February 27, 2019

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Muse: A person or personified force who is the source of inspiration for a creative artist.

March 6, 2019

Taylor Swift is the queen of the shady breakup song. She pretty much single-handedly created and perfected the genre. Airing couplet upon couplet of dirty laundry to set records straight, point fingers, or otherwise deliver someone their long over-due comeuppance. And in the process immortalizing all the petty squabbles and feigned offences that no one would know, or care about, had she not put pen to paper, rhyme to rhythm, berate to beat.

 

Truth be told, this isn’t new. A post-Beatles John Lennon wrote a scathing missive about Paul McCartney called “How Do You Sleep”. Ray Davies took aim at a former protégé whom he discovered was really a poser in “Prince of The Punks”. It’s suspected a few early Foo Fighter songs are rebukes of Courtney Love. Courtney Love, in turn, is rumored to have written diss tracks about both Billy Corgan and Trent Reznor. Even Bowie isn’t above it, penning a scathing rebuke of Gary Numan.

 

For most artists, it’s a one off: an exorcism of toxic anger, that once said, required no further discussion or thought, allowing them to return to creating the music we know and love. But no one has done it so often, with such regularity and consistency as Ms. Swift. It’s as if she can’t help herself,  has nothing else to say, or worse, doubts anyone would be interested if she strayed from the formula.

 

But once upon a time, musicians had loftier intentions for their music than a passive aggressive missive: pleas to long lost loves or lovers who lost interest. Promises of eternal love and fidelity. And then there were declarations of unspoken feelings and attempts to finally give voice to the deep-seated emotions the artist had hitherto been unsuccessful.

 

Pattie Boyd has had a staggering eight songs written about her, four by George Harrison and another four by Eric Clapton. Some of the most beloved music of the 60’s and 70’s is about the love these men had for her. Songs like “Layla”, “Wonderful Tonight” and “Something”. Yeah, the song Frank Sinatra called “the greatest love song of the past 50 years”.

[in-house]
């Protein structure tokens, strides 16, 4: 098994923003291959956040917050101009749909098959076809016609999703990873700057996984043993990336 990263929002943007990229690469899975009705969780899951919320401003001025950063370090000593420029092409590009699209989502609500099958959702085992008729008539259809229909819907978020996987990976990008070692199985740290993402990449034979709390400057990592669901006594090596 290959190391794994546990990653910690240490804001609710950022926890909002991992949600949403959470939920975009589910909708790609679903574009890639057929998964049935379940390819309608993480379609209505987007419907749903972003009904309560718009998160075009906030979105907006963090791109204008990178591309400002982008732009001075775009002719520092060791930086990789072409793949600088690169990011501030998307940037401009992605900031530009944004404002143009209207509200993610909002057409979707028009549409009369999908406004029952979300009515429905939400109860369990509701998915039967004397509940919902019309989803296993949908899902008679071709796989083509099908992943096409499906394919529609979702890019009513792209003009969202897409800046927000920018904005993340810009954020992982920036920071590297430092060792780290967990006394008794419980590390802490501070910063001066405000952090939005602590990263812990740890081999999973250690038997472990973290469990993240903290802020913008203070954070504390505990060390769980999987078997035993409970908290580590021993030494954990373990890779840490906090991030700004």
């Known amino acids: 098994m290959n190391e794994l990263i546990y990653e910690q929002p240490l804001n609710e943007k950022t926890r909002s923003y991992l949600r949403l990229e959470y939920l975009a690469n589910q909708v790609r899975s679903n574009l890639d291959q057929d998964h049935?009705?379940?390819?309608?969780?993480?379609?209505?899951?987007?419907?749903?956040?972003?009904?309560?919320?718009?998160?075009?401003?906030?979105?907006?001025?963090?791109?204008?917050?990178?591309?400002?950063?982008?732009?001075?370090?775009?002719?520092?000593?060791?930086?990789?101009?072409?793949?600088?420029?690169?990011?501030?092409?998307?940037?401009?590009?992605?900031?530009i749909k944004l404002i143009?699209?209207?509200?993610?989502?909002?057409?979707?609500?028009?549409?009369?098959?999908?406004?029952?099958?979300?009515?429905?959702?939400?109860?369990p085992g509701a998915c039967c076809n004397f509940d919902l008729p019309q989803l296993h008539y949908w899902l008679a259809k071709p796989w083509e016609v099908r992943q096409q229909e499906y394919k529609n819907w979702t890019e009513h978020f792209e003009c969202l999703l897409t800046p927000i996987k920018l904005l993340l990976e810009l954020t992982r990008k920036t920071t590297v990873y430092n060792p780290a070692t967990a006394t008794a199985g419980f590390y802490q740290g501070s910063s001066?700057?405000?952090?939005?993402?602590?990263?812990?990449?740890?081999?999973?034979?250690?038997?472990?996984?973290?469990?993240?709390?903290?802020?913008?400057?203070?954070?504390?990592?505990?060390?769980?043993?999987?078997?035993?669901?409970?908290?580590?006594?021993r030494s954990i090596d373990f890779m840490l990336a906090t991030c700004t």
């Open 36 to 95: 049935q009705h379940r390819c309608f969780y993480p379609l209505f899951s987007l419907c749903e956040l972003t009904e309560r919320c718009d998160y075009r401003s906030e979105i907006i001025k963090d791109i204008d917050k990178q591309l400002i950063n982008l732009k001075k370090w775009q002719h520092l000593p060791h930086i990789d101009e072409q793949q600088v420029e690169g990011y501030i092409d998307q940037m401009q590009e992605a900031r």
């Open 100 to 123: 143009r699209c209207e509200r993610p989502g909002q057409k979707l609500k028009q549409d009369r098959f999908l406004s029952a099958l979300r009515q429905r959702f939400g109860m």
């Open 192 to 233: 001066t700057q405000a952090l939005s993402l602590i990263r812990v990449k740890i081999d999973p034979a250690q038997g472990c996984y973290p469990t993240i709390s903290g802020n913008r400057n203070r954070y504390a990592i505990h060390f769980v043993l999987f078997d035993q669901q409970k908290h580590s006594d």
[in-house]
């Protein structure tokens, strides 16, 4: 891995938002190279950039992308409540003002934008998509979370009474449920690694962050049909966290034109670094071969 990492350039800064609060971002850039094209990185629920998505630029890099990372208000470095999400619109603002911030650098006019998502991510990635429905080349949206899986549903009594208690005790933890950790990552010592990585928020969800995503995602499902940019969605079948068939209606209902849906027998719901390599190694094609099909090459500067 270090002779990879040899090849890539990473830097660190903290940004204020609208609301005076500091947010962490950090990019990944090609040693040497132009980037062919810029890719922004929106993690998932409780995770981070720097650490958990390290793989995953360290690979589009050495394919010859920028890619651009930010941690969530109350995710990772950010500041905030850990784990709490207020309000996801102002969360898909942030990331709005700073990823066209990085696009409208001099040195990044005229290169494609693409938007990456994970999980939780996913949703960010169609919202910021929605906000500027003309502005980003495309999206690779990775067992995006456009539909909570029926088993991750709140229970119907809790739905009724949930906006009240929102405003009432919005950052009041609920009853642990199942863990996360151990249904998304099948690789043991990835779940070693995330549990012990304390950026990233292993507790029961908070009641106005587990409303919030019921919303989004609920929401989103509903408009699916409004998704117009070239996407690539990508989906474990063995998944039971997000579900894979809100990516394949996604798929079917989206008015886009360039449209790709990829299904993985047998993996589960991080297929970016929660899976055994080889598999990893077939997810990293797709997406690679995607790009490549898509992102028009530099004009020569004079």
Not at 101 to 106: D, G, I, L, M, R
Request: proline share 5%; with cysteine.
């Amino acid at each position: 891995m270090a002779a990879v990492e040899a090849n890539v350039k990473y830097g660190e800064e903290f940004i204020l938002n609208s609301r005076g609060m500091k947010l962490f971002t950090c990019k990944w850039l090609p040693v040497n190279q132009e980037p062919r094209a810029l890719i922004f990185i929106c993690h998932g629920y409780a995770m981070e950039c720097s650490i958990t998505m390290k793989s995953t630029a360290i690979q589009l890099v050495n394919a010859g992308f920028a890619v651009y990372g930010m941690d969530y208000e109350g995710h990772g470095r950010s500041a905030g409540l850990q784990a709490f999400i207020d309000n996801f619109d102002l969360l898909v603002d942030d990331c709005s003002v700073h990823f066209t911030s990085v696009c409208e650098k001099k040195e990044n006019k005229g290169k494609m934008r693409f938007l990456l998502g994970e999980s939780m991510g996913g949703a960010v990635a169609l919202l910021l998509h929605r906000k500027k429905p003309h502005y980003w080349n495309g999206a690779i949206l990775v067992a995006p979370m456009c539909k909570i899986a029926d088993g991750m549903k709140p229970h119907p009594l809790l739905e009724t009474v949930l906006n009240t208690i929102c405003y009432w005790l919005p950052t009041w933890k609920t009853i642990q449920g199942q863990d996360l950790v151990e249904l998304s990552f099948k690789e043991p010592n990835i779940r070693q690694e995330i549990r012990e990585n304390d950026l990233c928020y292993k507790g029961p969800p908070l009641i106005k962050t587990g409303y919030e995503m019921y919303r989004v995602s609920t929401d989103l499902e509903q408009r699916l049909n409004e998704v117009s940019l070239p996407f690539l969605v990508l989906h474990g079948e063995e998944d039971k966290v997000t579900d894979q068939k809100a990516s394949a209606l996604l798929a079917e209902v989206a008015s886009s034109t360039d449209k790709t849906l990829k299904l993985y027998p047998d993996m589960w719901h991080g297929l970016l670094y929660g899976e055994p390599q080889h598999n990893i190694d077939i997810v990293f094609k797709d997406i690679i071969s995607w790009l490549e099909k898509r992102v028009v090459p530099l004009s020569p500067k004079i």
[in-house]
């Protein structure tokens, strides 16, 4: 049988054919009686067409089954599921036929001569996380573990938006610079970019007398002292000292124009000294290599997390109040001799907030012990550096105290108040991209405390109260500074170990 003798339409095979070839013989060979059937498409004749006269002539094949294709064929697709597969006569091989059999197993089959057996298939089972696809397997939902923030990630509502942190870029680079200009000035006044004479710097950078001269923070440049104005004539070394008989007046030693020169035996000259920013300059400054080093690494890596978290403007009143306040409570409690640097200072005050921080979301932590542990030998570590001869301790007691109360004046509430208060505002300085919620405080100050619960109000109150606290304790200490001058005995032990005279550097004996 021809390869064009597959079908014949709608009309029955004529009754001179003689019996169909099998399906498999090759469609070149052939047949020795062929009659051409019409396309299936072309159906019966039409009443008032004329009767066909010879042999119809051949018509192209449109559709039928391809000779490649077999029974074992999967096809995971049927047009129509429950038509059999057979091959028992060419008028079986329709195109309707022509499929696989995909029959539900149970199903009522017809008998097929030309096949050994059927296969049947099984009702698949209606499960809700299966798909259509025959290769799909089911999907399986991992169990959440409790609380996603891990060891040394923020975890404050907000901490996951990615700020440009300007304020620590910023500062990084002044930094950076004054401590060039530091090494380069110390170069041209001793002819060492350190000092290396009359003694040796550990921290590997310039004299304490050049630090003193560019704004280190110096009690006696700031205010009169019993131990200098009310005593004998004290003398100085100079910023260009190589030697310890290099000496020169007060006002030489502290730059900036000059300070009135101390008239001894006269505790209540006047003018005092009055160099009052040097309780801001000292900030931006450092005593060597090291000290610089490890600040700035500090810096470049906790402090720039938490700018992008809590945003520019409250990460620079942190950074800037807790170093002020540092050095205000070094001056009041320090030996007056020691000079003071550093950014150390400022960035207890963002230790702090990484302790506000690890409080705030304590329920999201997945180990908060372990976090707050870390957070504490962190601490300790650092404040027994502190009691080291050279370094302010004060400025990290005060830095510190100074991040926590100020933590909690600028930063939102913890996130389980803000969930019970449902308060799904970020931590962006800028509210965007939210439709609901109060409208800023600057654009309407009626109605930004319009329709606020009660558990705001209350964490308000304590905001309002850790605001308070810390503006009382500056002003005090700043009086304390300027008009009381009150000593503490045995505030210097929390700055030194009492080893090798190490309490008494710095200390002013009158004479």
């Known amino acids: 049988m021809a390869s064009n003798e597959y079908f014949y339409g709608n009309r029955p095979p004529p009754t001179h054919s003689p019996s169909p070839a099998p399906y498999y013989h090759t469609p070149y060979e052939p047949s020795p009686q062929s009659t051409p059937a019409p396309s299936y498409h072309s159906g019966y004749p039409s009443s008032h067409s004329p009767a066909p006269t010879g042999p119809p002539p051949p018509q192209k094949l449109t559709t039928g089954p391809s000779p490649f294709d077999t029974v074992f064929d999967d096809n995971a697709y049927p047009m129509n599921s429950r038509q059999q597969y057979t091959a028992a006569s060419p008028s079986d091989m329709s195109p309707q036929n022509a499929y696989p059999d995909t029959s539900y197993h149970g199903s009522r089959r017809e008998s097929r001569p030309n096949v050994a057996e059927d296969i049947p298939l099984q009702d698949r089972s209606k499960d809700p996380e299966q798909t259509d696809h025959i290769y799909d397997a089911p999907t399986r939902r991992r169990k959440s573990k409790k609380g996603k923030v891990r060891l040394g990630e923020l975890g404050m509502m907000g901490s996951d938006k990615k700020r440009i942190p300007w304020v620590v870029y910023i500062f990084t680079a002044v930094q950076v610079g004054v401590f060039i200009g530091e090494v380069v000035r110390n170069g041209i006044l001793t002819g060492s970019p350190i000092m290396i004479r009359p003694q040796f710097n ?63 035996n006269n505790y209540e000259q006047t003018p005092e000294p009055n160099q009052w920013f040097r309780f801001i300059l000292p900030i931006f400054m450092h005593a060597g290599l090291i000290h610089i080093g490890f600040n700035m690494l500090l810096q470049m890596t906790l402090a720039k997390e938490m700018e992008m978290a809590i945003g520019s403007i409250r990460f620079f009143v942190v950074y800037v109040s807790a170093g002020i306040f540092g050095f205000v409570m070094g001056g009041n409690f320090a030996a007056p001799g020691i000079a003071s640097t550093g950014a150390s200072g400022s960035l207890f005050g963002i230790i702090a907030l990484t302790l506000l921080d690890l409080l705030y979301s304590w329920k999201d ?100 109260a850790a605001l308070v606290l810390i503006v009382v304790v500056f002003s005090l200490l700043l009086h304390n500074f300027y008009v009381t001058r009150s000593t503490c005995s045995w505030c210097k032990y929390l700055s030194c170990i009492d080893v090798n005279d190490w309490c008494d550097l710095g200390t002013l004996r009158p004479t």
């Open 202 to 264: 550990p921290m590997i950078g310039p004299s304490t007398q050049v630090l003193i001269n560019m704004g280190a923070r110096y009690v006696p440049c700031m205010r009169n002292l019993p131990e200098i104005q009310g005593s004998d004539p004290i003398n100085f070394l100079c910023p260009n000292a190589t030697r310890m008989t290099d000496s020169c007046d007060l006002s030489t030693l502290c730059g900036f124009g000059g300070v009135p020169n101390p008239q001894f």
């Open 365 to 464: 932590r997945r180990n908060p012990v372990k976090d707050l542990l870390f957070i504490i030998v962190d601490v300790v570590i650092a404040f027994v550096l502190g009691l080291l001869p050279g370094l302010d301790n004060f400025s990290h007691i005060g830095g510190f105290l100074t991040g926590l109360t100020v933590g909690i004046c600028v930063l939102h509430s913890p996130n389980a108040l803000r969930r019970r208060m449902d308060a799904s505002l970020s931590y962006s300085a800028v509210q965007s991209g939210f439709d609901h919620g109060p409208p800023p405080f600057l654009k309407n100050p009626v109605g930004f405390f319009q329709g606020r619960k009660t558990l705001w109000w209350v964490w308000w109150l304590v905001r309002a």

But for all the bravado of Layla, Clapton’s plea of unrequited love, or the beauty of Something, neither of these relationships lasted. In fact, it’s rare that any relationship that starts with a song last. More often than not, it is the song that goes the distance, not the relationship.

 

Let’s look at some examples: “My Sharona” by the Knack. Doug Fieger and Sharona Alperin’s relationship lasted only four years, although those years are considered Fieger’s most creative period.

 Steve Perry wrote three songs for girlfriend Sherrie Swafford: besides the obvious “Oh Sherrie”, he bookended with “Open Arms” and “Separate Ways”. Which when looked at chronologically, gives insight into the course of their relationship.

 

Some other songs that outlasted the relationship they sparked: “50 Ways To Leave Your Lover” By Paul Simon. Simon’s marriage to Carrie Fisher only lasted a year.  “Uptown Girl” by Billie Joel. Joel and Christy Brinkley’s marriage lasted just shy of a decade. “Sweet Child O’ Mine” by Guns and Roses. Axl Rose and Erin Everly’s relationship lasted 5 years. “Day After Day” by Bad Finger. Pete Ham and Dixie’s relationship lasted roughly two years.

 

Now, this isn’t to say there haven’t been love songs written in which the couple lasted. John Lennon has a few songs he’d written for Yoko Ono, and Paul McCartney has a few he’s written for Linda Eastman, but they weren’t written to woo. They were written in the midst of the relationship, not at the start and not to spark.

No, it’s rare that a song used to woo proves to be successful in the long run. The only one I can come up with is “I Walk The Line” by Johnny Cash.

 

The reason all these relationships ultimately failed is because they could never live up to the hype. The romanticizing of the relationship established unreal expectations on both sides. And this is because the songs are ultimately more about the artist who wrote it than the muse that inspired it. The songs are an excising of intense emotions, feelings of desire, lust and longing that eclipse reciprocated and domestic love. But once these intense emotions are satiated, and reality set in, it eventually becomes unsustainable. Feelings subside, and what once seemed like a Herculean task, in retrospect becomes benign. In other words, the thrill of the chase is greater than its own success.

Sadly, this is a universal truth. The more romantic, the loftier, the greater the pleas, the greater the hype, the more to live up to, the larger the obstacle, the greater the odds. It’s a recipe for failure, and expectations no one can ever meet.

 

Maybe Taylor has it right, finally giving a voice to the other side of the coin. Dispelling the myth behind these love songs from a woman’s perspective, offering a dose of reality to all the romanticism, and debunking what male artists would like women to believe.

And as necessary and as helpful as that may be, somewhere one wonders what song would come should someone introduce T Swift to Pattie Boyd.

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